When young I ran
loose and barefoot
Over partially colonised fields
and tide-transmuted rock.
Not pausing to consider the life
Or the millennia sharply pressed
into my tender arches.
I just wanted to splash, mindlessly
Into the water.
I am still barefoot, but circumspect.
And cognisant of the grass
Between my toes.
I think if I stand for a time
The blades will grow long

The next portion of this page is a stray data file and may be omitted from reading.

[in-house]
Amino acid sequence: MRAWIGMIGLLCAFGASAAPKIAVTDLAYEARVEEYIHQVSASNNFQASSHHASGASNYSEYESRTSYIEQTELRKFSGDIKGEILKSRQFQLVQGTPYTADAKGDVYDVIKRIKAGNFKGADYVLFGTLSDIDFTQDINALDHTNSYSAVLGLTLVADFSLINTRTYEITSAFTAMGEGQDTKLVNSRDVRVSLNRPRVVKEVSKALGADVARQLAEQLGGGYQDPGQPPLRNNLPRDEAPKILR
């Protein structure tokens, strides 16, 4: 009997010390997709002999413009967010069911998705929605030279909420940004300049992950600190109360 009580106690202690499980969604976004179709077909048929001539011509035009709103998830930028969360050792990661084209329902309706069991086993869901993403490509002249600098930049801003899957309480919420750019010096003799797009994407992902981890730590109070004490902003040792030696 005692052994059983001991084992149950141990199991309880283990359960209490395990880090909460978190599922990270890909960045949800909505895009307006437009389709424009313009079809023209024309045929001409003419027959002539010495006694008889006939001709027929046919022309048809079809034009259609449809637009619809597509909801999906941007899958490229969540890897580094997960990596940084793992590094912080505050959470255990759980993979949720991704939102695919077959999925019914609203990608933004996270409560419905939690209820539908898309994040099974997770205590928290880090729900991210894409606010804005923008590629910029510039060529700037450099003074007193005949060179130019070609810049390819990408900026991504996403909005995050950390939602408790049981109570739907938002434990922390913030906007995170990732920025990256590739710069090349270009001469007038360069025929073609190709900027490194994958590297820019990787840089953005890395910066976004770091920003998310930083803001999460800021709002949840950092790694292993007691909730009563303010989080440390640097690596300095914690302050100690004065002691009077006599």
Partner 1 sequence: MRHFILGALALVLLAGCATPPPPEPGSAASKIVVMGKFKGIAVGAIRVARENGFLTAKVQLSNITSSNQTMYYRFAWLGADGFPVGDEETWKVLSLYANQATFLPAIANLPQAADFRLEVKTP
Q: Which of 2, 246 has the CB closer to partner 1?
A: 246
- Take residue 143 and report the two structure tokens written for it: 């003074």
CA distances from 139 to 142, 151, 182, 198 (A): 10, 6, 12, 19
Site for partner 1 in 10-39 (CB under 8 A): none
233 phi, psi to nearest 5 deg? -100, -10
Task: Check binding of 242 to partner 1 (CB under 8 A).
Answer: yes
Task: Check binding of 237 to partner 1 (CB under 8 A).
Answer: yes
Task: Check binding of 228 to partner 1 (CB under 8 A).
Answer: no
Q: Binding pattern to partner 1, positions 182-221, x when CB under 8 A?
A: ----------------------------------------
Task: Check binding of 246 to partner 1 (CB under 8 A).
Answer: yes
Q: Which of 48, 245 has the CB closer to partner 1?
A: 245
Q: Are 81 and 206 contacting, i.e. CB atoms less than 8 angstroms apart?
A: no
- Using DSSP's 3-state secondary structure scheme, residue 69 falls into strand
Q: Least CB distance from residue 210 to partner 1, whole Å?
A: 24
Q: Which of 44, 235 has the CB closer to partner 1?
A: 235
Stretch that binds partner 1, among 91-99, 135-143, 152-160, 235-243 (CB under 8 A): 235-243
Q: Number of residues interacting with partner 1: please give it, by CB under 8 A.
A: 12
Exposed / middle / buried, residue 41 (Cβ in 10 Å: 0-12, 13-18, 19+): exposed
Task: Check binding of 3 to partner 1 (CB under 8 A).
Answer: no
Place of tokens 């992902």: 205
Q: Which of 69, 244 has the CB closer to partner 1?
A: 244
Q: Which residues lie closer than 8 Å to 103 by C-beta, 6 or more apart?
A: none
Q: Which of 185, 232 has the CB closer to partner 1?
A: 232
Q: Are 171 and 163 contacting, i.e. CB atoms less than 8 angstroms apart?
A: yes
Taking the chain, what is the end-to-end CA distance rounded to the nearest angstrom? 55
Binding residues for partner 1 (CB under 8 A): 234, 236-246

and cover my legs
Ants will march up and find refuge
in my bellybutton
Wild roses will entwine
my pubis, and my breasts
will provide nest space for swallows.
My ears will be repurposed for hives
by fat bees, and my nose will prove a
quiet place for chrysalides.
And if I follow the new-born butterflies
To the shore of my youth
I will not splash, but float,
Arms spread wide and toes splayed,
allowing fish to nibble my skin
And if the seaweed reclaims my hair
as its own
And pulls me down to the Basin floor
to live with the hermit crabs and periwinkles
I will not resist.
Waiting by Sally Warren